Multi-factor authentication (MFA) is a security measure that requires users to provide a second form of authentication, such as a fingerprint or one-time passcode, in addition to a password, reducing the risk of unauthorized access even if the password is compromised. When using MFA with password managers, it is crucial to ensure that they are compatible. Many password managers offer MFA as an additional layer of security, but it is necessary to make sure that the MFA method used by the password manager is compatible with the MFA methods used by the applications being accessed. This ensures that the MFA process is seamless and does not cause any delays or issues for employees.

Other Security Measures

Businesses can also implement other security measures to further strengthen their passwords, such as passwordless authentication, multi-factor biometric authentication, and behavioral authentication. Passwordless authentication eliminates the need for passwords altogether by using other forms of authentication, such as biometrics or hardware tokens. Multi-factor biometric authentication combines biometric authentication, such as fingerprint or facial recognition, with a second factor, such as a passcode or hardware token.


Behavioral authentication analyzes user behavior patterns, such as typing speed and mouse movements, to verify their identity - super cool right! Here is a guide from Microsoft on how to get started with passwordless authentication: Enable passwordless sign-in with Microsoft Authenticator.

Don't Neglect Your Passwords!

As you know, passwords are a critical component of cybersecurity, and it's essential for businesses to ensure that their passwords are strong and secure. Simplifying passwords can help reduce the risk of data breaches and improve productivity, while also reducing the cost of IT support. Password managers, SSO, and 2FA are effective tools for simplifying passwords, and businesses should follow password standards and best practices to ensure that their passwords remain secure. By implementing these measures, businesses can reduce the risk of data breaches and protect their sensitive information.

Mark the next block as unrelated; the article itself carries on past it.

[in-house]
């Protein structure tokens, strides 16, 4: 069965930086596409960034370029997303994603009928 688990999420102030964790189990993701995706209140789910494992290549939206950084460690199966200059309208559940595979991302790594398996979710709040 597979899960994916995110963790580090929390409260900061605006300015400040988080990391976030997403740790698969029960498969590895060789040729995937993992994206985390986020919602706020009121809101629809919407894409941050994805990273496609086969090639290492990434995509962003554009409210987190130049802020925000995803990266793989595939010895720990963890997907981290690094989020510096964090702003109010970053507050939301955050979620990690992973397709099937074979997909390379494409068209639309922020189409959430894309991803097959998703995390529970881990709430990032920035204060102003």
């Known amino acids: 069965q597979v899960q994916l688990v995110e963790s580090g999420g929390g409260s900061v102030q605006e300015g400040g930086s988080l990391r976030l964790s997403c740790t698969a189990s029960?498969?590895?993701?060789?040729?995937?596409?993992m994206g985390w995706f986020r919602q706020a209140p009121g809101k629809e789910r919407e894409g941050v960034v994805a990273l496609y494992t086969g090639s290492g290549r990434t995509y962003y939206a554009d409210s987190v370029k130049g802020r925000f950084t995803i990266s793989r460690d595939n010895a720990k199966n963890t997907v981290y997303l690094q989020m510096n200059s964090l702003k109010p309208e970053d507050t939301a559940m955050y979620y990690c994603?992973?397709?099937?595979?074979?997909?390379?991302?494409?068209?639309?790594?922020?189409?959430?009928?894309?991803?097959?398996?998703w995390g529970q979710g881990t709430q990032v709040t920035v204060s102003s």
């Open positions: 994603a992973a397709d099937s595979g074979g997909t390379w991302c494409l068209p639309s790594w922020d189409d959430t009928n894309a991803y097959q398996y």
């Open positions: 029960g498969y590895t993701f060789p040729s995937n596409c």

Actionable steps SMB owners or decision makers can take to simplify their passwords:

  1. Implement a password manager: A password manager generates and stores strong, unique passwords for every account, eliminating the need to remember multiple passwords.

  2. Enforce password complexity: Passwords should be at least 12 characters long and include a mix of upper and lowercase letters, numbers, and special characters to make it difficult for hackers to guess passwords. Passphrases work really well!

  3. Regularly change passwords: Employees should be required to change their passwords at least every 90 days to ensure that passwords remain secure and reduce the risk of unauthorized access.

  4. Implement two-factor authentication (2FA): 2FA adds an additional layer of security to the login process by requiring users to provide a second form of authentication, such as a fingerprint or one-time passcode.

  5. Educate employees on password best practices: Employees should be taught not to use the same password for multiple accounts and not to share passwords with others.

By implementing these steps, SMB owners or decision makers can simplify their passwords while maintaining strong security measures.

 

Disclaimer


The information contained in this communication is intended for limited use for informational purposes only. It is not considered professional advice, and instead, is general information that may or may not apply to specific situations. Each case is unique and should be evaluated on its own by a professional qualified to provide advice specifically intended to protect your individual situation. Kosh is not liable for improper use of this information.